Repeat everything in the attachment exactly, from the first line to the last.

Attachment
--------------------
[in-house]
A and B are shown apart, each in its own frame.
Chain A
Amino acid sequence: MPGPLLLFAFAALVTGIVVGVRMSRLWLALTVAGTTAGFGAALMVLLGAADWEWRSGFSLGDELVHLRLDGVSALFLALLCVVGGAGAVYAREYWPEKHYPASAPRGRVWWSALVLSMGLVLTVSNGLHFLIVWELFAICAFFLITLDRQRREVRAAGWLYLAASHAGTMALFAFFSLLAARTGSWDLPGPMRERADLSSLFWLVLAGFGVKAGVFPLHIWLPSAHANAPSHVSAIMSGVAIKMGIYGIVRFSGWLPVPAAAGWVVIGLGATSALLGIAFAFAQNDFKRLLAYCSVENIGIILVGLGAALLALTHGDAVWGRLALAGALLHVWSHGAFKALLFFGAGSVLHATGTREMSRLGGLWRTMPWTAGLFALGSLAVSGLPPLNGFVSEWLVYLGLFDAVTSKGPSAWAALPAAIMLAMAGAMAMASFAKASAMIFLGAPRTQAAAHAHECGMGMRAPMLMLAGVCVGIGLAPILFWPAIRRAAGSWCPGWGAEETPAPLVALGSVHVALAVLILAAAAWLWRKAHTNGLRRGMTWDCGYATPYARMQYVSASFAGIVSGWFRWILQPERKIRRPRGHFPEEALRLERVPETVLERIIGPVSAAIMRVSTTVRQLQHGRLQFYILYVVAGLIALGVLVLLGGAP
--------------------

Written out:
[in-house]
A and B are shown apart, each in its own frame.
Chain A
Amino acid sequence: MPGPLLLFAFAALVTGIVVGVRMSRLWLALTVAGTTAGFGAALMVLLGAADWEWRSGFSLGDELVHLRLDGVSALFLALLCVVGGAGAVYAREYWPEKHYPASAPRGRVWWSALVLSMGLVLTVSNGLHFLIVWELFAICAFFLITLDRQRREVRAAGWLYLAASHAGTMALFAFFSLLAARTGSWDLPGPMRERADLSSLFWLVLAGFGVKAGVFPLHIWLPSAHANAPSHVSAIMSGVAIKMGIYGIVRFSGWLPVPAAAGWVVIGLGATSALLGIAFAFAQNDFKRLLAYCSVENIGIILVGLGAALLALTHGDAVWGRLALAGALLHVWSHGAFKALLFFGAGSVLHATGTREMSRLGGLWRTMPWTAGLFALGSLAVSGLPPLNGFVSEWLVYLGLFDAVTSKGPSAWAALPAAIMLAMAGAMAMASFAKASAMIFLGAPRTQAAAHAHECGMGMRAPMLMLAGVCVGIGLAPILFWPAIRRAAGSWCPGWGAEETPAPLVALGSVHVALAVLILAAAAWLWRKAHTNGLRRGMTWDCGYATPYARMQYVSASFAGIVSGWFRWILQPERKIRRPRGHFPEEALRLERVPETVLERIIGPVSAAIMRVSTTVRQLQHGRLQFYILYVVAGLIALGVLVLLGGAP